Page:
• Hi, Mary. It was both, and also my first time to eat at a Michelin restaurant.

  2. This looks so interesting! Adding it to the list!

  3. My favorite restaurants allow you to bring wine and then charge only a modest corkage fee. Once again, I shouldn’t have read one of your ‘food’ posts when hungry. . .my mouth is salivating and my stomach grumbling.

    • Hi, Jackie. Yes, it was nice to be able to take wine. I hope you ate something nice after reading this. 🙂

  4. That sticky rice does look tasty. I liked the sound of your favourite, the Dammi course and laughed out loud about the bitter vegetable dish. I love Shitake mushrooms so that would be a favourite of mine too. Yep I love sesame seeds also. Maybe we’re twins? The whole evening seemed like an adventure of the taste buds. There’s nothing more annoying that getting rushed out of a restaurant – especially at 8.30 p.m.!

    • Hi, Jan! We could be twins, at the very least food twins 🙂 We were too happy with being rushed out the door. I know it’s a Korean thing. They tend to eat and leave. I can’t tell you how many times when I’ve been out with Koreans and they are getting up to leave, and I haven’t finished my meal!

  5. We have a new Korean restaurant opened up not far from where we live. We went with friends and had no idea what we were ordering. I should have had you with me! Or sent you the menu for your recommendations before hand!

    • Hi, Jill. I hope you enjoyed your meal. 🙂

  6. Nancy, I have not eaten at a Michelin restaurant and I have not tried temple food. I will say you had a great feast in this place! What I like about Asian food (and I think Koreans are experts on this) is the variety of ingredients (and modes of preparation) used in dishes. And, since I am not from that part of the world, a lot of things take me by surprise while I am tasting. Having a server to help you out with the tasting experince is nice.

    • Hi, Ruth. It was nice having the server talk about each of the courses. Quite often (even after all these years) I encounter food on the table that I’m not sure about. Korean restaurants offer so many different side dishes with the main course. This was my first time at a Michelin restaurant, and I hope I get to do it again.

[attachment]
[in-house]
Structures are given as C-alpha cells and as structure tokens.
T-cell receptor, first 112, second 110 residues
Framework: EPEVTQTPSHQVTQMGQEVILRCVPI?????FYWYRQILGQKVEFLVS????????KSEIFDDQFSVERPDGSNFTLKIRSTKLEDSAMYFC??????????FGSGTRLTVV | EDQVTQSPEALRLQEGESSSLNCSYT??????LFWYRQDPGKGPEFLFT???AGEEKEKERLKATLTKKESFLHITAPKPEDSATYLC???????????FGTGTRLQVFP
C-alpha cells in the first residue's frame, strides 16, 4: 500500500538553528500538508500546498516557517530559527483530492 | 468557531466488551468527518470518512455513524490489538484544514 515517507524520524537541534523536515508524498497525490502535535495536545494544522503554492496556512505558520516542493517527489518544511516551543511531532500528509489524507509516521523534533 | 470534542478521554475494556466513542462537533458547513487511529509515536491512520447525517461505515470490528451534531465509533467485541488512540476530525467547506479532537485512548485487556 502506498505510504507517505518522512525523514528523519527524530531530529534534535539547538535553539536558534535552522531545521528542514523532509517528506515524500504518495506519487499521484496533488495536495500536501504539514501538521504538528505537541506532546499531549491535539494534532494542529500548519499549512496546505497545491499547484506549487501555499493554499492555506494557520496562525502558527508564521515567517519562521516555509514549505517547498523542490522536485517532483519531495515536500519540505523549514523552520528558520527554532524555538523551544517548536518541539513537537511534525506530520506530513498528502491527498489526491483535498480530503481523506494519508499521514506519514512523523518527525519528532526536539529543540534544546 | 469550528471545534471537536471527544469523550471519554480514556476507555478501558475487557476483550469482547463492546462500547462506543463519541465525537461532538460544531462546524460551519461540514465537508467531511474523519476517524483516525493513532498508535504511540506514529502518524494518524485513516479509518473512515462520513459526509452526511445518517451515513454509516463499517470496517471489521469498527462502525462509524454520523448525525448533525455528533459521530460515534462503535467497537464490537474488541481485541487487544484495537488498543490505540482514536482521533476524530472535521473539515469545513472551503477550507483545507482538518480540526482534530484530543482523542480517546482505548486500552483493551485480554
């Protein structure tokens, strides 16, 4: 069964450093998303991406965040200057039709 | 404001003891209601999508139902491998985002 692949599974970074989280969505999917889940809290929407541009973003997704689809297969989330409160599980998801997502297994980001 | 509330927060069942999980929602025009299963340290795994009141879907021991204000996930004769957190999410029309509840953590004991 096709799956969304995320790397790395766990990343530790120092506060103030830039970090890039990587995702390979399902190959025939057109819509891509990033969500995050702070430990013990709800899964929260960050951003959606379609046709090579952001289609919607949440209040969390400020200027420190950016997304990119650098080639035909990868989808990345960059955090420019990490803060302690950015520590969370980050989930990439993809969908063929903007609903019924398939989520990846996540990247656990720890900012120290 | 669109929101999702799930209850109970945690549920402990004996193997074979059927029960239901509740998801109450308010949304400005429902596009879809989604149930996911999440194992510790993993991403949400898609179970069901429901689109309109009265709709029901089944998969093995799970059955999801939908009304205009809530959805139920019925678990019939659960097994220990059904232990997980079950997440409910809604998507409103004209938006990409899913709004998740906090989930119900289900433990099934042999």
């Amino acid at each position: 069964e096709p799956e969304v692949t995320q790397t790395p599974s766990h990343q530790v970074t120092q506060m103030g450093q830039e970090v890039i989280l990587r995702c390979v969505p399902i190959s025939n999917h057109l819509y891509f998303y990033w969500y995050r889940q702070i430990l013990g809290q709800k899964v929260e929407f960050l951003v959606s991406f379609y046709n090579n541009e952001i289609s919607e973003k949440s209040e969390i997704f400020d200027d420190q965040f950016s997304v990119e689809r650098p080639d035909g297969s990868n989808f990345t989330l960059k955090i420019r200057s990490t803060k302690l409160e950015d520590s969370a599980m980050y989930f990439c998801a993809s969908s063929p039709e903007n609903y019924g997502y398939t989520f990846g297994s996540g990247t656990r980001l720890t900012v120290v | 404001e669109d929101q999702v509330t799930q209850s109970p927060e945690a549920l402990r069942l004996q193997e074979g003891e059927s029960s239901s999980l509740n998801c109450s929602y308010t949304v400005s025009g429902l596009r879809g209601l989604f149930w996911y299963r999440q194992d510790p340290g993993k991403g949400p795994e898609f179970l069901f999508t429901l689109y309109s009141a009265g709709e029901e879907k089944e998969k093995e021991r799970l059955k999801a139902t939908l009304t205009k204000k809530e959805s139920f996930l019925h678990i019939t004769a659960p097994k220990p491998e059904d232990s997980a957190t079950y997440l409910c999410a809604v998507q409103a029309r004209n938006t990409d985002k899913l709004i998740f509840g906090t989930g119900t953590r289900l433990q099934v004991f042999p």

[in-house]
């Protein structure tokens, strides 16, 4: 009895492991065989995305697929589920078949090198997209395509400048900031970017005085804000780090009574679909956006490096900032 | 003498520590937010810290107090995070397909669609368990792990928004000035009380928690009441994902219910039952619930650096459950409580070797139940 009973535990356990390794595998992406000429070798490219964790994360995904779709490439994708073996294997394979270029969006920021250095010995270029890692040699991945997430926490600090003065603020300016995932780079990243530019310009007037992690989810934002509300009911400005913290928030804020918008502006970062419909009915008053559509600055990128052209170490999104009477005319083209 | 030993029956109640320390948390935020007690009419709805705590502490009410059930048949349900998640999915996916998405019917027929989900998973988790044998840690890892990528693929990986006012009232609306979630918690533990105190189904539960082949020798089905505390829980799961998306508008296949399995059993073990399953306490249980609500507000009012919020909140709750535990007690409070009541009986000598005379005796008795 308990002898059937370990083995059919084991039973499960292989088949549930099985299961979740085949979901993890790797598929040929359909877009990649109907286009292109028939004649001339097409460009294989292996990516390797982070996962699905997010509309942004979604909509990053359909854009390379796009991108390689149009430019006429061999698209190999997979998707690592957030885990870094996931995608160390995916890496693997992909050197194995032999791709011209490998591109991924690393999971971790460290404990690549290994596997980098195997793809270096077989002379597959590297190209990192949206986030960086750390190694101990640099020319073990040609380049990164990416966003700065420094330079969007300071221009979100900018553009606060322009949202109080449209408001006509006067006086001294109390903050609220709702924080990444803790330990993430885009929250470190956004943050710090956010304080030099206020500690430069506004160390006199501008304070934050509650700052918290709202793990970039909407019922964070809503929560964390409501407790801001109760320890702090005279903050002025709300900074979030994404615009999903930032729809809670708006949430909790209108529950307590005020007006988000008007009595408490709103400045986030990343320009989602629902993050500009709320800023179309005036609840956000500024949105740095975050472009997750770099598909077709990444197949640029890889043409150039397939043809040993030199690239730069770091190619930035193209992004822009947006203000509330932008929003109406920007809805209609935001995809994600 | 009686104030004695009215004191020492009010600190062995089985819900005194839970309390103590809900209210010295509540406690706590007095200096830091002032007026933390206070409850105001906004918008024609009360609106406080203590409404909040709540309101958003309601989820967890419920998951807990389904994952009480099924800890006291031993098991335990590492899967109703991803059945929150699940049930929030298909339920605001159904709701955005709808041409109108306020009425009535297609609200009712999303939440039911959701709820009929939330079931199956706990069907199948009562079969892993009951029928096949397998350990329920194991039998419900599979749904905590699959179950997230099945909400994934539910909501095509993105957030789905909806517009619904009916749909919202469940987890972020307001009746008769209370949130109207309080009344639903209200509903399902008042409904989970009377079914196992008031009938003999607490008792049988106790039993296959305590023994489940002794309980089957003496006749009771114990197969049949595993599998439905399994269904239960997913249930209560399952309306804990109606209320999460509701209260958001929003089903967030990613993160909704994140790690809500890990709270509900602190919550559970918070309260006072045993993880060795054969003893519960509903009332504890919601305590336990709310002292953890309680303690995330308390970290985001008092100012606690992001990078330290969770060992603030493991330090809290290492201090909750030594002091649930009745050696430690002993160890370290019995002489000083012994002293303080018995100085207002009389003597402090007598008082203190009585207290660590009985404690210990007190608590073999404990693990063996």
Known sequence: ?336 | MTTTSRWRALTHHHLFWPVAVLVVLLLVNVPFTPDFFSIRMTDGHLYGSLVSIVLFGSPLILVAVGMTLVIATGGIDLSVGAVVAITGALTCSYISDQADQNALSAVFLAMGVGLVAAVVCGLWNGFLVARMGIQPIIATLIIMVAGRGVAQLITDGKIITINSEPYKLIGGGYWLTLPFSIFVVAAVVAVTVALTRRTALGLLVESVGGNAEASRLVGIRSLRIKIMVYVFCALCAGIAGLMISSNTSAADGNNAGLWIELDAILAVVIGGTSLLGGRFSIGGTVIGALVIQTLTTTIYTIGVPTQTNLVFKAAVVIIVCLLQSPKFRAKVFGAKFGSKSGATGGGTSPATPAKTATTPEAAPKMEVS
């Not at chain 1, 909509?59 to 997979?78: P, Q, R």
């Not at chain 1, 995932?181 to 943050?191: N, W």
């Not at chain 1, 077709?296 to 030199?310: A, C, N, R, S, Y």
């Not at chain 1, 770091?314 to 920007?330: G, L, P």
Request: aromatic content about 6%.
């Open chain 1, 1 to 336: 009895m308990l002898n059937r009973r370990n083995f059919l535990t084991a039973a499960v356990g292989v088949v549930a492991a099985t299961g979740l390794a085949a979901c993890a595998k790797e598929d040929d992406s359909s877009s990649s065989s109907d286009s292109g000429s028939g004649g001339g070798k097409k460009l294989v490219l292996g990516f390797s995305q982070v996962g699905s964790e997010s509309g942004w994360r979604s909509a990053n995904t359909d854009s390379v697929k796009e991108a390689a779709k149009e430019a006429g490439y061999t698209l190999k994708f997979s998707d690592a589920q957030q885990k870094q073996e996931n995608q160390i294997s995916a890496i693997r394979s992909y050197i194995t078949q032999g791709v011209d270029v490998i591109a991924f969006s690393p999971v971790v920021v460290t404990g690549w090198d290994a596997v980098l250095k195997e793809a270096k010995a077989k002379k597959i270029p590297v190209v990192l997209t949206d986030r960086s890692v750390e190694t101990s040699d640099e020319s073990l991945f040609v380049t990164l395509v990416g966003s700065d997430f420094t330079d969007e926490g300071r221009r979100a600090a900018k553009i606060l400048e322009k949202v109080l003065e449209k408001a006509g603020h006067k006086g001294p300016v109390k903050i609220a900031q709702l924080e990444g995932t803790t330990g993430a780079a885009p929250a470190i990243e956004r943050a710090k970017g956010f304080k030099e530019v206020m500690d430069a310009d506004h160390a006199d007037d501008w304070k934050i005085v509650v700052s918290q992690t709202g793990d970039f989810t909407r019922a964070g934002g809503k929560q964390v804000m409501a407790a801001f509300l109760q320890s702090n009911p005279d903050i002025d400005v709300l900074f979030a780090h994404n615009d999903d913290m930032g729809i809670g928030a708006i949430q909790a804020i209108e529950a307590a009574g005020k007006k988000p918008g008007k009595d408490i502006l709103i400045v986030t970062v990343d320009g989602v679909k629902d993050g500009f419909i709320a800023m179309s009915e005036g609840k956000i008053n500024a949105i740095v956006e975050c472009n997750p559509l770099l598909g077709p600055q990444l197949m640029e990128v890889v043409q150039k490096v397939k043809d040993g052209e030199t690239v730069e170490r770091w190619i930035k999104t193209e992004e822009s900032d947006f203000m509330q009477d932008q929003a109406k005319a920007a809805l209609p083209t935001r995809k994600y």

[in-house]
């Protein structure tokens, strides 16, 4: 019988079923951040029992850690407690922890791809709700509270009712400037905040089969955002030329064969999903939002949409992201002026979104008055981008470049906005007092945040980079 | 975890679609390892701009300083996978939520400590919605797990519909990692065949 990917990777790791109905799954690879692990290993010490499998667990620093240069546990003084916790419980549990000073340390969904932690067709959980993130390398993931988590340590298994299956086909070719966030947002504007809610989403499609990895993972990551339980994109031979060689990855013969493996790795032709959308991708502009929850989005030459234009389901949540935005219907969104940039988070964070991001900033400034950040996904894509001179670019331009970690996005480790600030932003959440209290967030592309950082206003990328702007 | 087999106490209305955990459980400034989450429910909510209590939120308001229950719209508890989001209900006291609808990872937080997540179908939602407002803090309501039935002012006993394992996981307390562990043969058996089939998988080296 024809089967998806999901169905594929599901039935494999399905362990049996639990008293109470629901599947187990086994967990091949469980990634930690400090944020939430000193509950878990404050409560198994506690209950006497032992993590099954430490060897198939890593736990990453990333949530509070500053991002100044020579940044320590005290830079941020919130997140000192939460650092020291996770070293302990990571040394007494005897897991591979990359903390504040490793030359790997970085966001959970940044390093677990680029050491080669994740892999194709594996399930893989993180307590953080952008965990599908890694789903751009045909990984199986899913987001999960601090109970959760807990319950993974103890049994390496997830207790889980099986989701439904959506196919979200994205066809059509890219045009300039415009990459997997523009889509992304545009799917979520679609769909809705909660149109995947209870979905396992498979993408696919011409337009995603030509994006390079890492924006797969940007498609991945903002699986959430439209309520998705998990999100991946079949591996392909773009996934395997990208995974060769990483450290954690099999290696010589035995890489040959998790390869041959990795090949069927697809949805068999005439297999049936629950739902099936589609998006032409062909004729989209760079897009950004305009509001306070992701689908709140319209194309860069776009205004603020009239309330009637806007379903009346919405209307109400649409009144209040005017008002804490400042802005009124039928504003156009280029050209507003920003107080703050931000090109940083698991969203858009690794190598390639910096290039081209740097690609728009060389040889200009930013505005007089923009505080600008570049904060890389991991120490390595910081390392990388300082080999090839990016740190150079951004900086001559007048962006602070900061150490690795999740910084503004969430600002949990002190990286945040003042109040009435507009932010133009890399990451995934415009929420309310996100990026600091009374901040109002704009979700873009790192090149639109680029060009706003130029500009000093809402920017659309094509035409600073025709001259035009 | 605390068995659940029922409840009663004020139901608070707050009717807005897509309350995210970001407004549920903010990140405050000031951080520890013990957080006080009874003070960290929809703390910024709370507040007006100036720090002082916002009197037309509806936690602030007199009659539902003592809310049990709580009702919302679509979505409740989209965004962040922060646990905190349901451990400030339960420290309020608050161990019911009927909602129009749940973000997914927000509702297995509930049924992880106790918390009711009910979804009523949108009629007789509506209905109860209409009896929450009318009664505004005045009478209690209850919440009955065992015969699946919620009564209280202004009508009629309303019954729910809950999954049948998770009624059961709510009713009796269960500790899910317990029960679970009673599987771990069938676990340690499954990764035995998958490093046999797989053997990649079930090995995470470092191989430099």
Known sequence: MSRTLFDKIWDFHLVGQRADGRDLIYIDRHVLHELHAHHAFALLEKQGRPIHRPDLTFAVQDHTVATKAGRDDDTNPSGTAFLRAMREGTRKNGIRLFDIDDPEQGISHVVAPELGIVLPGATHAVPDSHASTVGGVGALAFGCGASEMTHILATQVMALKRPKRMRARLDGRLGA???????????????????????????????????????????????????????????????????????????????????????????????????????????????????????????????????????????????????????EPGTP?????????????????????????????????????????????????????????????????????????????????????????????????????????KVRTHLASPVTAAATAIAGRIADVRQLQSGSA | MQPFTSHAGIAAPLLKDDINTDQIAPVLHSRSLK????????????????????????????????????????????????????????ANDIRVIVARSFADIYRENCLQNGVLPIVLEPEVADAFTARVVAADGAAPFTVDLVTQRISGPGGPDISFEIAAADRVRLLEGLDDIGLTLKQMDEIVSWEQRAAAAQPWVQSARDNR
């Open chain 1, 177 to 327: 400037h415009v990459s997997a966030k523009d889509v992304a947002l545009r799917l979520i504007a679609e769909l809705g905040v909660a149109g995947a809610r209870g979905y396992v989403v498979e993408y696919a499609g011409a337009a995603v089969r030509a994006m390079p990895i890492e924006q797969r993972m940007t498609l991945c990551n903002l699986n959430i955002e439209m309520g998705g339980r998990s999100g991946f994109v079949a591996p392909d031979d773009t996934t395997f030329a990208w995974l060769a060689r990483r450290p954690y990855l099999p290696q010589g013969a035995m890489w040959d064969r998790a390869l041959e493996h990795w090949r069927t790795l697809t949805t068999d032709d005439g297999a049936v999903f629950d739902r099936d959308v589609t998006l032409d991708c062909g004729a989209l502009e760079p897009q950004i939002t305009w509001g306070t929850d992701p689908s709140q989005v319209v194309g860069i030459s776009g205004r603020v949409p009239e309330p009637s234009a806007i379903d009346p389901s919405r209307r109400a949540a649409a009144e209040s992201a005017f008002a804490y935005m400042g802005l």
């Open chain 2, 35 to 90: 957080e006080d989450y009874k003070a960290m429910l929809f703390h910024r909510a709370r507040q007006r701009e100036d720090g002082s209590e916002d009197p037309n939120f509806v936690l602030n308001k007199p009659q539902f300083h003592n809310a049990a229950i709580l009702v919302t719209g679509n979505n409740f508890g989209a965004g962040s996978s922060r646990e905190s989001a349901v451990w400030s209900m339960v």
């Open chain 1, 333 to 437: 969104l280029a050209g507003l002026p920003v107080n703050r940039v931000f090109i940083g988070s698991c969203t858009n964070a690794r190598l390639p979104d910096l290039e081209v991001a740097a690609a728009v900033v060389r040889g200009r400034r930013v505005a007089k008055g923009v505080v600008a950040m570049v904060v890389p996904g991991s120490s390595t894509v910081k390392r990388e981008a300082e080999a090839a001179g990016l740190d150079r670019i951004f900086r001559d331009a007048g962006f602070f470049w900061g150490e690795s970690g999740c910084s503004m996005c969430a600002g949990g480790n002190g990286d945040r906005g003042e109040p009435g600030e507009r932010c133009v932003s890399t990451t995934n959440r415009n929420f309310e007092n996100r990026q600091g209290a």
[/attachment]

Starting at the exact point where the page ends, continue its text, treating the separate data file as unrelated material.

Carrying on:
7. You really did get a taste of everything at this restaurant. I like to try different foods and would certainly love this place. I’d prefer to try different foods in a restaurant rather than on the streets. :P)

  8. Love the pop of vegetable colors in your photos and can only imagine some of the wonderful flavors in this tasting menu. The kimchi and sticky rice sound great but I’d heed your advice to skip the very bitter, unidentified vegetable. I had to laugh as I tried to imagine your face, Nancie!

    • Hi, Anita! I know my face said it all. I am not a fan of bitter!!

  9. I don’t think that I’ve ever dined at a Michelin starred restaurant. That price seems very affordable for a standout meal. Although I’ve had Korean food numerous times, I think only the japchae and the kimchi sound familiar to me. It all looks delicious, and your descriptions have me imagining the taste and texture of each. (Strangely, I was eating a BBQ rib while reading this. Actually eating one food while imagining another is messing with my brain.)

    • Hi, Michele. I thought the price was exceptionally reasonable. I wasn’t familiar with a lot of these items either. I can only imagine reading about one food and eating another. haha